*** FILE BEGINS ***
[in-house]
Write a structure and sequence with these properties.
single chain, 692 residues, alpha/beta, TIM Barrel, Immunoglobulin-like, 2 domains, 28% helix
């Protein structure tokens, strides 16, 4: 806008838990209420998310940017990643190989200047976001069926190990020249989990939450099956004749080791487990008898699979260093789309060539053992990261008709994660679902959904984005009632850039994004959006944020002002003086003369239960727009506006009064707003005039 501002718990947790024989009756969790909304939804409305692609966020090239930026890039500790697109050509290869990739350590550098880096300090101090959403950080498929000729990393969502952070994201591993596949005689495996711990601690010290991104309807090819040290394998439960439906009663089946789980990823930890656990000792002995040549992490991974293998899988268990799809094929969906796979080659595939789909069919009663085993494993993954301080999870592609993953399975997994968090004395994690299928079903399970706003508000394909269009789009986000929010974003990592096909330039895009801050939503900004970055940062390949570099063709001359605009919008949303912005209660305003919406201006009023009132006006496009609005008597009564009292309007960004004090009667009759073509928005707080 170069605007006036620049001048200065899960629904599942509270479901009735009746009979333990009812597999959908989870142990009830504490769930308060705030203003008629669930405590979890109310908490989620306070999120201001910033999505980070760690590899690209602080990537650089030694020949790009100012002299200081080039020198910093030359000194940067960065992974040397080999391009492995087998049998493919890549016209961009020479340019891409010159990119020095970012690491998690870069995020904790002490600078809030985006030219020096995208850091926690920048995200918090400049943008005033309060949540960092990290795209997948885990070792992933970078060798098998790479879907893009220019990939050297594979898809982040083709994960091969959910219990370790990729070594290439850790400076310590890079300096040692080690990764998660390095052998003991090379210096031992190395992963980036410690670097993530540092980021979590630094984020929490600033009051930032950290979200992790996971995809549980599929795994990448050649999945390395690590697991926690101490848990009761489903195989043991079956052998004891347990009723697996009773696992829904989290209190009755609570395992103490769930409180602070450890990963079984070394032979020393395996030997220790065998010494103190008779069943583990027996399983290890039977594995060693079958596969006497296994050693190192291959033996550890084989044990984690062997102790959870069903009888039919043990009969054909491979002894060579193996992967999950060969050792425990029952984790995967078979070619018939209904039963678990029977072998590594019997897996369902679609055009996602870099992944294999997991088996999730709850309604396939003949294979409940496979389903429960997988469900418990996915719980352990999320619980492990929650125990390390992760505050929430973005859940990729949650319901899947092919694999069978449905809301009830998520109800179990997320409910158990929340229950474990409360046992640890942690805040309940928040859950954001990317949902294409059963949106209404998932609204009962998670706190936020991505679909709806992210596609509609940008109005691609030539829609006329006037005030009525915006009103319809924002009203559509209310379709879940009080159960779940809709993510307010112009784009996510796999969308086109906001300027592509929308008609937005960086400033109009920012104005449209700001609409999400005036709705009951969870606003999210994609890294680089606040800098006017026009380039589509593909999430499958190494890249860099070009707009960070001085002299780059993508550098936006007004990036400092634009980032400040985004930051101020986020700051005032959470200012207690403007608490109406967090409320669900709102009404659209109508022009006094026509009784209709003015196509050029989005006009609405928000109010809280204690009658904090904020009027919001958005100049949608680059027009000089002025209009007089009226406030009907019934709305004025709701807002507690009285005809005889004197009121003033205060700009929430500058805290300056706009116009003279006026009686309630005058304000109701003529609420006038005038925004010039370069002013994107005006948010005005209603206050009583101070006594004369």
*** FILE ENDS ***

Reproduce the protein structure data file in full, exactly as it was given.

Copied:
[in-house]
Write a structure and sequence with these properties.
single chain, 692 residues, alpha/beta, TIM Barrel, Immunoglobulin-like, 2 domains, 28% helix
């Protein structure tokens, strides 16, 4: 806008838990209420998310940017990643190989200047976001069926190990020249989990939450099956004749080791487990008898699979260093789309060539053992990261008709994660679902959904984005009632850039994004959006944020002002003086003369239960727009506006009064707003005039 501002718990947790024989009756969790909304939804409305692609966020090239930026890039500790697109050509290869990739350590550098880096300090101090959403950080498929000729990393969502952070994201591993596949005689495996711990601690010290991104309807090819040290394998439960439906009663089946789980990823930890656990000792002995040549992490991974293998899988268990799809094929969906796979080659595939789909069919009663085993494993993954301080999870592609993953399975997994968090004395994690299928079903399970706003508000394909269009789009986000929010974003990592096909330039895009801050939503900004970055940062390949570099063709001359605009919008949303912005209660305003919406201006009023009132006006496009609005008597009564009292309007960004004090009667009759073509928005707080 170069605007006036620049001048200065899960629904599942509270479901009735009746009979333990009812597999959908989870142990009830504490769930308060705030203003008629669930405590979890109310908490989620306070999120201001910033999505980070760690590899690209602080990537650089030694020949790009100012002299200081080039020198910093030359000194940067960065992974040397080999391009492995087998049998493919890549016209961009020479340019891409010159990119020095970012690491998690870069995020904790002490600078809030985006030219020096995208850091926690920048995200918090400049943008005033309060949540960092990290795209997948885990070792992933970078060798098998790479879907893009220019990939050297594979898809982040083709994960091969959910219990370790990729070594290439850790400076310590890079300096040692080690990764998660390095052998003991090379210096031992190395992963980036410690670097993530540092980021979590630094984020929490600033009051930032950290979200992790996971995809549980599929795994990448050649999945390395690590697991926690101490848990009761489903195989043991079956052998004891347990009723697996009773696992829904989290209190009755609570395992103490769930409180602070450890990963079984070394032979020393395996030997220790065998010494103190008779069943583990027996399983290890039977594995060693079958596969006497296994050693190192291959033996550890084989044990984690062997102790959870069903009888039919043990009969054909491979002894060579193996992967999950060969050792425990029952984790995967078979070619018939209904039963678990029977072998590594019997897996369902679609055009996602870099992944294999997991088996999730709850309604396939003949294979409940496979389903429960997988469900418990996915719980352990999320619980492990929650125990390390992760505050929430973005859940990729949650319901899947092919694999069978449905809301009830998520109800179990997320409910158990929340229950474990409360046992640890942690805040309940928040859950954001990317949902294409059963949106209404998932609204009962998670706190936020991505679909709806992210596609509609940008109005691609030539829609006329006037005030009525915006009103319809924002009203559509209310379709879940009080159960779940809709993510307010112009784009996510796999969308086109906001300027592509929308008609937005960086400033109009920012104005449209700001609409999400005036709705009951969870606003999210994609890294680089606040800098006017026009380039589509593909999430499958190494890249860099070009707009960070001085002299780059993508550098936006007004990036400092634009980032400040985004930051101020986020700051005032959470200012207690403007608490109406967090409320669900709102009404659209109508022009006094026509009784209709003015196509050029989005006009609405928000109010809280204690009658904090904020009027919001958005100049949608680059027009000089002025209009007089009226406030009907019934709305004025709701807002507690009285005809005889004197009121003033205060700009929430500058805290300056706009116009003279006026009686309630005058304000109701003529609420006038005038925004010039370069002013994107005006948010005005209603206050009583101070006594004369």